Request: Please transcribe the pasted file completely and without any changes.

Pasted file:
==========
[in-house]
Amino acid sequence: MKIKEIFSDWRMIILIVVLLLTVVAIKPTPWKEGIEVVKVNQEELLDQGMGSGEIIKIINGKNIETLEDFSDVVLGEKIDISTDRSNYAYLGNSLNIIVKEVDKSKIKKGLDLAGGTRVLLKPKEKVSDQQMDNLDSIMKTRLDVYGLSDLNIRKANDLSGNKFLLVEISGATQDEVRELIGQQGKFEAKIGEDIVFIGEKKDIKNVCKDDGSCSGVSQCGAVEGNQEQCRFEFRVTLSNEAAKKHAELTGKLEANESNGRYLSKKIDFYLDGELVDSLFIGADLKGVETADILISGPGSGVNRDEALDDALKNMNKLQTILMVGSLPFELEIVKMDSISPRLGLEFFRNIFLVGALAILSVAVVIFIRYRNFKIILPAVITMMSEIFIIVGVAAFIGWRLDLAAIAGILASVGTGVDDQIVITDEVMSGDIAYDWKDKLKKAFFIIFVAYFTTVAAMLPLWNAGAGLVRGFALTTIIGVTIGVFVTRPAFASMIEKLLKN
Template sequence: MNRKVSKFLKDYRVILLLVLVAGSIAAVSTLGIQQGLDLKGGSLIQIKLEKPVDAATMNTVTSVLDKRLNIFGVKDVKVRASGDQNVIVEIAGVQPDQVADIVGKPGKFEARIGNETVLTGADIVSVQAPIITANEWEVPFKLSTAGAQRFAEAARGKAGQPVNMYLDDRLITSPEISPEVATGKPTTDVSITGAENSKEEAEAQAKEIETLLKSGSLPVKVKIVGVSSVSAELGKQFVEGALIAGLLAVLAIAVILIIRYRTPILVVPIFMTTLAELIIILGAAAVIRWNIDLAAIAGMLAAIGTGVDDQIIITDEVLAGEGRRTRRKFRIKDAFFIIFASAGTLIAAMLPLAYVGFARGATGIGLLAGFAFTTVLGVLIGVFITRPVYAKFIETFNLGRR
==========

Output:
[in-house]
Amino acid sequence: MKIKEIFSDWRMIILIVVLLLTVVAIKPTPWKEGIEVVKVNQEELLDQGMGSGEIIKIINGKNIETLEDFSDVVLGEKIDISTDRSNYAYLGNSLNIIVKEVDKSKIKKGLDLAGGTRVLLKPKEKVSDQQMDNLDSIMKTRLDVYGLSDLNIRKANDLSGNKFLLVEISGATQDEVRELIGQQGKFEAKIGEDIVFIGEKKDIKNVCKDDGSCSGVSQCGAVEGNQEQCRFEFRVTLSNEAAKKHAELTGKLEANESNGRYLSKKIDFYLDGELVDSLFIGADLKGVETADILISGPGSGVNRDEALDDALKNMNKLQTILMVGSLPFELEIVKMDSISPRLGLEFFRNIFLVGALAILSVAVVIFIRYRNFKIILPAVITMMSEIFIIVGVAAFIGWRLDLAAIAGILASVGTGVDDQIVITDEVMSGDIAYDWKDKLKKAFFIIFVAYFTTVAAMLPLWNAGAGLVRGFALTTIIGVTIGVFVTRPAFASMIEKLLKN
Template sequence: MNRKVSKFLKDYRVILLLVLVAGSIAAVSTLGIQQGLDLKGGSLIQIKLEKPVDAATMNTVTSVLDKRLNIFGVKDVKVRASGDQNVIVEIAGVQPDQVADIVGKPGKFEARIGNETVLTGADIVSVQAPIITANEWEVPFKLSTAGAQRFAEAARGKAGQPVNMYLDDRLITSPEISPEVATGKPTTDVSITGAENSKEEAEAQAKEIETLLKSGSLPVKVKIVGVSSVSAELGKQFVEGALIAGLLAVLAIAVILIIRYRTPILVVPIFMTTLAELIIILGAAAVIRWNIDLAAIAGMLAAIGTGVDDQIIITDEVLAGEGRRTRRKFRIKDAFFIIFASAGTLIAAMLPLAYVGFARGATGIGLLAGFAFTTVLGVLIGVFITRPVYAKFIETFNLGRR